One local newspaper reporter with more than two decades of experience covering the region said he couldn’t remember a federal lawmaker ever journeying to Troy for an event like the one Boyda held on Thursday.

Similarly, Mike Sullivan, the top civilian official at the U.S. Coast Guard Personnel Service Center, said Friday during Boyda’s tour of the downtown Topeka facility that she was the first federal lawmaker — elected in Kansas or otherwise — to ever request an on-site informational review of what the office does.

“She’s got a great work ethic, she’s likeable, and she’s hit the ground running,” said Jim Cates, a conservative talk-radio host and Ryun supporter whose Topeka-based morning drive-time show, which reaches most of the 2nd district, features a monthly appearance by Boyda.

A Fresh Start

Ryun, a former championship track star and Olympic medalist, readily acknowledges that he ran a poor campaign in 2006.

He has cleaned house and brought in a completely new political team, anchored by former NRCC Deputy Political Director Jonathan Poe, now a consultant at Anthem Media, and campaign manager Kyle Robertson, a former NRCC field director. Ryun’s wife, Anne, and daughter, Catharine, regularly join him on the trail, with his daughter on sabbatical from the White House and serving as an unpaid campaign volunteer in charge of fundraising.

Ryun, who must get past Jenkins to earn another shot at Boyda, does not completely accept the knock on him voiced by several Republicans in the 2nd district that his office ran a lousy constituent services operation, attributing much, though not all, of this critique to the fact that he was a better “workhorse” than he was a “show horse.”

“We worked hard on constituent services. But obviously there’s some places where we didn’t answer all the questions and not everything was done to the satisfaction of constituents. For that, I will rededicate my efforts to that,” Ryun said. “But I think the bigger problem is just not talking about what we have done.”

Darrell Bloomfield, 60, a part-time trolley operator in Fort Scott, backs up Ryun on that point.

Just before the former Congressman braved a driving rainstorm Friday — sans umbrella — to walk the eight-block-long Good Ol’ Days Festival parade in Fort Scott, an historic community of just more than 15,000 people in Southeastern Kansas, Bloomfield walked up to Ryun to shake his hand and thank him for help on a veterans’ issue. In that Republican enclave, it was evident that Ryun still has a warm relationship with many voters in the district, as several parade-goers greeted him by name and promised to support him next year.

“I hope we get you back in there,” Bloomfield said, expressing a sentiment that also was in abundance the following day as Ryun walked the grandstands during the drag races at Heartland Park Topeka racetrack. “You’ve got my vote, and I can get you five more.”

Republican Divisions

Clearly, however, this sentiment is not universal, and the charges that Ryun lost touch with the district and that his constituent services operation was sub-par are going to have to be addressed if he hopes to be successful in both the primary and the general election.

Jenkins, in an interview in her office across the street from the state Capitol, signaled that her line of attack in the primary could involve hitting Ryun on his work ethic, although she called Ryun a “good friend” and said she planned to run a positive campaign.

“Everybody wants to follow the guy in a job who’s been fired, because you look like a superstar,” said Jenkins, a certified public accountant by trade and a former state legislator. “How about we offer somebody that agrees with [voters] on the majority of the major issues, and knows how to work, and cares enough to show up? That’s an easy choice for most Kansans.”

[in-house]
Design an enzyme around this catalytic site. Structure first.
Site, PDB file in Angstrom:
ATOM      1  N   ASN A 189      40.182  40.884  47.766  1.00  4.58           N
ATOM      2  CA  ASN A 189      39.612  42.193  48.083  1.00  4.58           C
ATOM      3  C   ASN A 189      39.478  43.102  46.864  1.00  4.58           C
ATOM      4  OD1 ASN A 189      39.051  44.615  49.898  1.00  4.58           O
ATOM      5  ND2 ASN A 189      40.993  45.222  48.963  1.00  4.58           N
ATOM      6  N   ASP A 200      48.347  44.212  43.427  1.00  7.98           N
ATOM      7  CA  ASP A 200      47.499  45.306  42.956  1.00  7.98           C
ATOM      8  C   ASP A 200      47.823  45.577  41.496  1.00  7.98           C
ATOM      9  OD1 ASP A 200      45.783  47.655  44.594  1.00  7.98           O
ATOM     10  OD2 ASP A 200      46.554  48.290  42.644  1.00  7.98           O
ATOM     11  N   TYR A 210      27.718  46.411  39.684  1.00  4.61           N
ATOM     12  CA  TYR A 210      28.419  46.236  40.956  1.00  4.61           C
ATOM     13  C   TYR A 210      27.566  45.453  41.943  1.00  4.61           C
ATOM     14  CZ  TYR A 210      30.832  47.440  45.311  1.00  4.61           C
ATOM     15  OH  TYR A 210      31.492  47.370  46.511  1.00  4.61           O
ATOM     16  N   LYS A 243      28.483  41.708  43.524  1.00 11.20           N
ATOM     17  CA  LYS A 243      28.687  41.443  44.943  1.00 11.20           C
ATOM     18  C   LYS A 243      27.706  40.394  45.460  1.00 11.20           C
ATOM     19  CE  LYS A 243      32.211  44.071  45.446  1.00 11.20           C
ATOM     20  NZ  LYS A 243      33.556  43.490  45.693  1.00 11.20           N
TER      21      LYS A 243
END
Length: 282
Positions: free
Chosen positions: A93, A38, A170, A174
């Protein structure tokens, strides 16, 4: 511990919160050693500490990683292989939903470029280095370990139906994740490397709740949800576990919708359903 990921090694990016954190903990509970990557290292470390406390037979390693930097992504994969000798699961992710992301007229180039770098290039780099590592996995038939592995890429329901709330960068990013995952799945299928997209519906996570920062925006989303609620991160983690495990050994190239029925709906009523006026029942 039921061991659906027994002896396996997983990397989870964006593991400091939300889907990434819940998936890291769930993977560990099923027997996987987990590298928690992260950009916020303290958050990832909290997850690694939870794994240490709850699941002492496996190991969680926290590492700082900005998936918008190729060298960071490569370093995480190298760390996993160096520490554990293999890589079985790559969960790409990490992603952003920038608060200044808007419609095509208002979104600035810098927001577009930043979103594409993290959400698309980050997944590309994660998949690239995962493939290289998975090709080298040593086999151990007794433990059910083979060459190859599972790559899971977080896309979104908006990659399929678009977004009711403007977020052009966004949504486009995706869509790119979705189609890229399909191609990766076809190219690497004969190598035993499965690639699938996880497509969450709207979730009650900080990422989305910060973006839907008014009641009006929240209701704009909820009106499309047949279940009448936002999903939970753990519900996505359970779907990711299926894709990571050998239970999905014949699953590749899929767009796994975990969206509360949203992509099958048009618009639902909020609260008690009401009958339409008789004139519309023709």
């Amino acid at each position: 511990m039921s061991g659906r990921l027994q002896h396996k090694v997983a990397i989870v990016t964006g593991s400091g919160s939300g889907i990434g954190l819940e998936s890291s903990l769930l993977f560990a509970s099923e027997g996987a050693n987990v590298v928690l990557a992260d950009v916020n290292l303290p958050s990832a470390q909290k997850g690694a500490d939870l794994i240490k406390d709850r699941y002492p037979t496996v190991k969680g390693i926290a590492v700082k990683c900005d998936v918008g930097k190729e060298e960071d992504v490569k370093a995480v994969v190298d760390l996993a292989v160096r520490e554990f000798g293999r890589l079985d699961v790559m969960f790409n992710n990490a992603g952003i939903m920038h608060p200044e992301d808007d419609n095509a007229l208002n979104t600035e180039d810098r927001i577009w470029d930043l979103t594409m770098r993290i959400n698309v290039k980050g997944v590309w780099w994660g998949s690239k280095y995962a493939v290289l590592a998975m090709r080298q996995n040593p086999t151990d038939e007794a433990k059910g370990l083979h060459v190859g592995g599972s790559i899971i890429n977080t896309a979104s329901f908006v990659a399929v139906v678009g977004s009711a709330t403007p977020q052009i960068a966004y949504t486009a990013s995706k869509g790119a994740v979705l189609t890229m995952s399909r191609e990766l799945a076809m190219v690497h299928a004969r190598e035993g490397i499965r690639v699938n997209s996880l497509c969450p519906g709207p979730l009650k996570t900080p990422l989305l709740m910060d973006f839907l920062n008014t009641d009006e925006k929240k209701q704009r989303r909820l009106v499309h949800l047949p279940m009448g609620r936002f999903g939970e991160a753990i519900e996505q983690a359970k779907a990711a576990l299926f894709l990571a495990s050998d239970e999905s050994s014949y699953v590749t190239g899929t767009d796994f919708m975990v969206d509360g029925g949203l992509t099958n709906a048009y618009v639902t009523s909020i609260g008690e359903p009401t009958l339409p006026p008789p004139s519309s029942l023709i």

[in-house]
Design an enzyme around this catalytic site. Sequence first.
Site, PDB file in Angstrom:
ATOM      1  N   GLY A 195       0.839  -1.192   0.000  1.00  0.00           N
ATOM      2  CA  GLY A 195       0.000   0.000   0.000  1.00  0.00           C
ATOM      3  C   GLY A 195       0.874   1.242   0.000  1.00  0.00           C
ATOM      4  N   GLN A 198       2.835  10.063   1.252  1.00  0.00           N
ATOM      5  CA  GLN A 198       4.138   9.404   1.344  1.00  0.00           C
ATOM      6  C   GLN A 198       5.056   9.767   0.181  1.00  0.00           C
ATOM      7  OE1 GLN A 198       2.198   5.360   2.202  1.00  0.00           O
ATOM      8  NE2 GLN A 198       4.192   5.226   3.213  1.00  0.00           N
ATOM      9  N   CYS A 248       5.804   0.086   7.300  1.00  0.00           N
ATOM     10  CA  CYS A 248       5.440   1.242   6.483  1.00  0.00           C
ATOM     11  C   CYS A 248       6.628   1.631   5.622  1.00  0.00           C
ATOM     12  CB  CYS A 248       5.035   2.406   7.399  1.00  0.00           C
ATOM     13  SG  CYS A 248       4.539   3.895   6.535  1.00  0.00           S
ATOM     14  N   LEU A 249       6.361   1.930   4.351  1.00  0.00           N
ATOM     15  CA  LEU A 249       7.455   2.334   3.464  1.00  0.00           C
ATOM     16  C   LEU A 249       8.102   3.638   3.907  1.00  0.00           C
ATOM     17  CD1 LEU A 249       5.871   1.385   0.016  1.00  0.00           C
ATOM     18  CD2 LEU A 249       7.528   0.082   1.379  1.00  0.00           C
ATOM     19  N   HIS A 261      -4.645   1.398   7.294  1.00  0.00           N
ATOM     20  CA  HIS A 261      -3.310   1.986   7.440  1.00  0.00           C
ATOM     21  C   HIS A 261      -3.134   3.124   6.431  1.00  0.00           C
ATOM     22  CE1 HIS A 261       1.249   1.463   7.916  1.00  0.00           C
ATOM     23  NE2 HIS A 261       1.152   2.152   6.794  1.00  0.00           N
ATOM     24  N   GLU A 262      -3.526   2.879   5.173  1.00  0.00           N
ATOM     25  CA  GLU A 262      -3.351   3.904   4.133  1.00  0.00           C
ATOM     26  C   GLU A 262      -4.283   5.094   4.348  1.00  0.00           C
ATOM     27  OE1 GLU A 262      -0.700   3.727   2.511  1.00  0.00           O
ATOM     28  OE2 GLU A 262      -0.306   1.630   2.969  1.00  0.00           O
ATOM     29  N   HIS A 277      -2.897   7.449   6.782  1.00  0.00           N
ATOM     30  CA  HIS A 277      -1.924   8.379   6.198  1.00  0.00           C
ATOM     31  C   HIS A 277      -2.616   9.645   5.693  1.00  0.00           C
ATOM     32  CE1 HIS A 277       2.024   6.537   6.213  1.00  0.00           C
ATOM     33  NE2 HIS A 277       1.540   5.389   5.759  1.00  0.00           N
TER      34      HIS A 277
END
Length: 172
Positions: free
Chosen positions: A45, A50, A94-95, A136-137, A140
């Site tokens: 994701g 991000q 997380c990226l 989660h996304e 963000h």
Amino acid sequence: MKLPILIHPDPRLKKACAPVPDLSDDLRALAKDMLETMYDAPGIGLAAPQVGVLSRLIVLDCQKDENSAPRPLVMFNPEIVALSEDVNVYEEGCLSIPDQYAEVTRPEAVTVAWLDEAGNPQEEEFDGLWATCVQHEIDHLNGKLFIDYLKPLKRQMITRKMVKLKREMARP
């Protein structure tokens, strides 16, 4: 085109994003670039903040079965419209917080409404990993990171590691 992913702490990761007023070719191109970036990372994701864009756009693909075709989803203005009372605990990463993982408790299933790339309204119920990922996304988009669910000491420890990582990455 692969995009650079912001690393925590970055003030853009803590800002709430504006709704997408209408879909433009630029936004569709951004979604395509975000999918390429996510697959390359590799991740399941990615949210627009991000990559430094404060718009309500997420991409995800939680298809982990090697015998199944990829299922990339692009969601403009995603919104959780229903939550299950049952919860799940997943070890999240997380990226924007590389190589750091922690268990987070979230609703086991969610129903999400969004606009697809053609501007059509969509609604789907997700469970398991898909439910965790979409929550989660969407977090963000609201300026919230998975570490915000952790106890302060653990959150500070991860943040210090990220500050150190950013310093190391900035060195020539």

Although the GOP primary could be defined by the ideological split that has hurt the Kansas party for the past decade, Jenkins declined to label herself, saying simply that she views herself as a “Republican.” But Republican operatives in Kansas refer to her as a moderate and Ryun as a conservative.

When asked, Jenkins said she did not have a position on the illegal immigration bill being discussed in the Senate because her current duties have not allowed her time to review it. Jenkins described abortion as horrific but said it should be legal in cases involving rape, incest and the health of the mother.

Jenkins’ subtle dig at Ryun represented the views of many self-described conservative Republicans who turned up at Boyda’s events. These voters were critical of Boyda and her views and said they wouldn’t necessarily vote for her in 2008. But some of them appeared steadfast in their commitment to shun Ryun.

“We’ve had him, I’ve seen what he is, he is not what this country needs, because the fight, it just isn’t there,” said Jim Foster, 57, after telling Boyda during the open-forum portion of a Congress on Your Corner event in Ottawa that he disagrees with her stance on the Iraq War.

Foster, who voted for Ryun in the previous cycle “reluctantly,” said he might vote for a Libertarian candidate next year if Ryun wins the nomination, even though he agrees with Ryun “90 percent” of the time.

Boyda acknowledged that some of her views run antithetical to the majority of voters in her district. But she believes she can overcome this hurdle in the same manner she did last year, by communicating with her constituents on a regular basis and eschewing the 30-second sound bite in favor of heavy grass-roots campaigning that relies on personal contacts and extensive advertising in many small, local newspapers.

“Ultimately, [2nd district voters] are just practical people. They want good government, they want somebody to be their voice,” Boyda said. “They recognize that we’re part of a national discussion, and a global discussion. They just want their voice to be part of it.”

“And if I had to say,” she continued, “that was ultimately why I think they fired Jim. I think they were trying to say to him: ‘We want to be heard.’”